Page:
NEW YORK — Armed with a unique market concept and free of the burdens of legacy U.S. retail practices, Tesco's Fresh & Easy concept could easily exceed its prediction of having 200 stores open by February of 2009, a London-based food retailing analyst said.
Tesco, which opened its first stores in California just last month and currently operates 30 sites, has 270 sites in its development pipeline, according to James Anstead, U.K. food retail analyst for Citi Investment Research here.
“Tesco will be very keen to overdeliver” on its expansion plans, Anstead said in a conference call. “I don't think 1,000 stores by the end of five years is at all unrealistic. Within 10 years, 2,500 stores is not impossible.”
Tesco is poised to succeed in part because it has “a clean sheet of paper,” allowing it to implement aspects like self-checkout and central back-office support chainwide easier than an existing supermarket could, Anstead added.
“Self-checkout is much easier accomplished for a retailer coming in with a clean slate than it would be for an existing retail player,” he said. “It would be a radical move that might not get approval of customers if it were tried at an existing U.S. chain. But it's much easier when you're starting from scratch.”
Anstead, along with colleagues Deborah Weinswig, a U.S. retail analyst, and Michael Kaye, a retail consumer specialist based in London, said Fresh & Easy's unique store format and sharp pricing provide the opportunity for a dense concentration of stores that would take market share not only from traditional supermarkets but from quick-service and casual restaurants and convenience stores. They also said they expect Tesco could take the vehicle to new markets — Anstead suggested Denver and Chicago — before long.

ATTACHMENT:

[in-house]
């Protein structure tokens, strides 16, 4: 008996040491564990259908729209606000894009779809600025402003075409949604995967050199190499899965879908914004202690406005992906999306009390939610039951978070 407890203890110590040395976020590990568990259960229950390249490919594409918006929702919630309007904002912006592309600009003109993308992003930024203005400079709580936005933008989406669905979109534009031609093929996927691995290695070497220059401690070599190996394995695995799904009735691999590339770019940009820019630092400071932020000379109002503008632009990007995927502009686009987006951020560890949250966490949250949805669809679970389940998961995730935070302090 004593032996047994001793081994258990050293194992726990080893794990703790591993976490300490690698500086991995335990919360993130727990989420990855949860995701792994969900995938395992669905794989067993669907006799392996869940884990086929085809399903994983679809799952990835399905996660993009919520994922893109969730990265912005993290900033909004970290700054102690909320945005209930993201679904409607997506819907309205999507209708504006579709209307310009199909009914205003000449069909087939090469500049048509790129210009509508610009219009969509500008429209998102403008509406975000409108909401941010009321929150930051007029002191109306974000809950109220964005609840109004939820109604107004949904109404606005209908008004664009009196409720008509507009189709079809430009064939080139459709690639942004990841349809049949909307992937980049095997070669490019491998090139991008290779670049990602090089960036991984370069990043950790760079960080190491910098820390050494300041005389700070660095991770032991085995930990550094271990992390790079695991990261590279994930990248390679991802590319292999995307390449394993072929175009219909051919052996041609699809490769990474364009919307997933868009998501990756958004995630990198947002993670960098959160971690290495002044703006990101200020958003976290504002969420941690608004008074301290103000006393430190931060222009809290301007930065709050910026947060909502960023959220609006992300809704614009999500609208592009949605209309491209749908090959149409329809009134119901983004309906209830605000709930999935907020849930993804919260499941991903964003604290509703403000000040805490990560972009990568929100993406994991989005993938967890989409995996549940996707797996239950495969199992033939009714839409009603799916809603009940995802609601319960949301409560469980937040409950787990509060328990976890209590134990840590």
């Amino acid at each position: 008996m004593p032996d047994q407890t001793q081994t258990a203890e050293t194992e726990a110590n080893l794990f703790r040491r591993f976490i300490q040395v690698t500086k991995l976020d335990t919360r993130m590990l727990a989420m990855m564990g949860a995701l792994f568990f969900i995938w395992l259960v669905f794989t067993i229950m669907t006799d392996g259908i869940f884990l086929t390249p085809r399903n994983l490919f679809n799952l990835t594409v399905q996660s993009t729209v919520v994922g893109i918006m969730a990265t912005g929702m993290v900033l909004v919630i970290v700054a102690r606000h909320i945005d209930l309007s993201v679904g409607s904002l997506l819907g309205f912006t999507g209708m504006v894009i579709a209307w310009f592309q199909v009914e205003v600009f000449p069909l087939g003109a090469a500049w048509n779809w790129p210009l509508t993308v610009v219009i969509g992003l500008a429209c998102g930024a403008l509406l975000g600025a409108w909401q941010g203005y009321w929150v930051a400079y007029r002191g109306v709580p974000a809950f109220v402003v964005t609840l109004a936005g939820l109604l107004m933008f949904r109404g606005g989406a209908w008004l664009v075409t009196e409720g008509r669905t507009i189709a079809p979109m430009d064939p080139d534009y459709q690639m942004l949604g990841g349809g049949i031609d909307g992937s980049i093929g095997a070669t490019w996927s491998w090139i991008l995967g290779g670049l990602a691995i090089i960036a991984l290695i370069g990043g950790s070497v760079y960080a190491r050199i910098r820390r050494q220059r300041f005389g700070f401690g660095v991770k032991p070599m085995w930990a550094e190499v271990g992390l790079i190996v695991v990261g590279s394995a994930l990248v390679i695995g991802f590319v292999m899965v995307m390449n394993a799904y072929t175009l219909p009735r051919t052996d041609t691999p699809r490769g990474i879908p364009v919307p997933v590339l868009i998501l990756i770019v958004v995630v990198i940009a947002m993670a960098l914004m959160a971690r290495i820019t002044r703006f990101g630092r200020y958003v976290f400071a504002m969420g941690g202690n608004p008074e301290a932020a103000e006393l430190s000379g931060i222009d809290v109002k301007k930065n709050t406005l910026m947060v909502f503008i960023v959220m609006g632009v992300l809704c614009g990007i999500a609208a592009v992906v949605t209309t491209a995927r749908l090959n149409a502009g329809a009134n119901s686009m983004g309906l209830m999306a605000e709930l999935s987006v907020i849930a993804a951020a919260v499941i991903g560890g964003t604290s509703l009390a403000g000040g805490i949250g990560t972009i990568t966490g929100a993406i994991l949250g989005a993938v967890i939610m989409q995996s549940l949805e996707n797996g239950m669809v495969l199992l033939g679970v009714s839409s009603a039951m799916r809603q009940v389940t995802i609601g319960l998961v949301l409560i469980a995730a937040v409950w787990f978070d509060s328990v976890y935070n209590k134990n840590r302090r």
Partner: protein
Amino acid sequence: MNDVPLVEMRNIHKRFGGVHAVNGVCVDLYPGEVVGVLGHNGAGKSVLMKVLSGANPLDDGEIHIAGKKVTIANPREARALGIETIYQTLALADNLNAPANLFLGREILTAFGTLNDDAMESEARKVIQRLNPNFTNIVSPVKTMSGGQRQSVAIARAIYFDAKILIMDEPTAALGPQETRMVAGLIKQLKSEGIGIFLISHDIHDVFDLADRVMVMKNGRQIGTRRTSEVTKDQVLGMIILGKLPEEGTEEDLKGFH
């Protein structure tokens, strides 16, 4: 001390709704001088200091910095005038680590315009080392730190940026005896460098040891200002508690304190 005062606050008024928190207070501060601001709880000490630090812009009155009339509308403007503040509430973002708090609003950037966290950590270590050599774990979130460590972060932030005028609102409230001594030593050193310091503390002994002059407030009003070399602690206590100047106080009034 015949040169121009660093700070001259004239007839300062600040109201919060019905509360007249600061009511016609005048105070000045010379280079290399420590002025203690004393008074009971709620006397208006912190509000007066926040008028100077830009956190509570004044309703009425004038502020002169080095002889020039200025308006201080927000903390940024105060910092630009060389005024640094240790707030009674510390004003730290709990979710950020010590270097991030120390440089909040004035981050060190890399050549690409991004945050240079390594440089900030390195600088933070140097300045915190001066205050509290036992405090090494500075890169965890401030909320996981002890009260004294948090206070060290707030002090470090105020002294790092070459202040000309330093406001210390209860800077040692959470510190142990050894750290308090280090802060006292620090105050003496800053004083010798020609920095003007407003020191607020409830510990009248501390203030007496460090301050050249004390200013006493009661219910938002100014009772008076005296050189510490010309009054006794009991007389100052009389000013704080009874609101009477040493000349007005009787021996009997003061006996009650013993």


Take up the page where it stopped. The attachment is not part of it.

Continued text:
“The common assumption in the U.S. was that Wal-Mart would fill in the gaps between Supercenters with its Neighborhood Market stores,” Anstead said. “It's interesting to see that it's Tesco that's doing that rather than Wal-Mart.”
According to Citi's studies, Fresh & Easy had pricing around 25% lower than Safeway prices with a club card, and around 3.5% more expensive than Wal-Mart.
Although some observers criticized Fresh & Easy for having an underwhelming design, Anstead said the no-frills look supports the pricing message. He contrasted the bare look to that of Sweetbay, Delhaize Group's Florida chain, which discovered that its attractively renovated stores gave its shoppers the notion that prices were less competitive.
“It's undoubtedly basic,” Anstead said of the Fresh & Easy store design. “Having said that, it's not necessarily quite the negative that some people are portraying it to be.”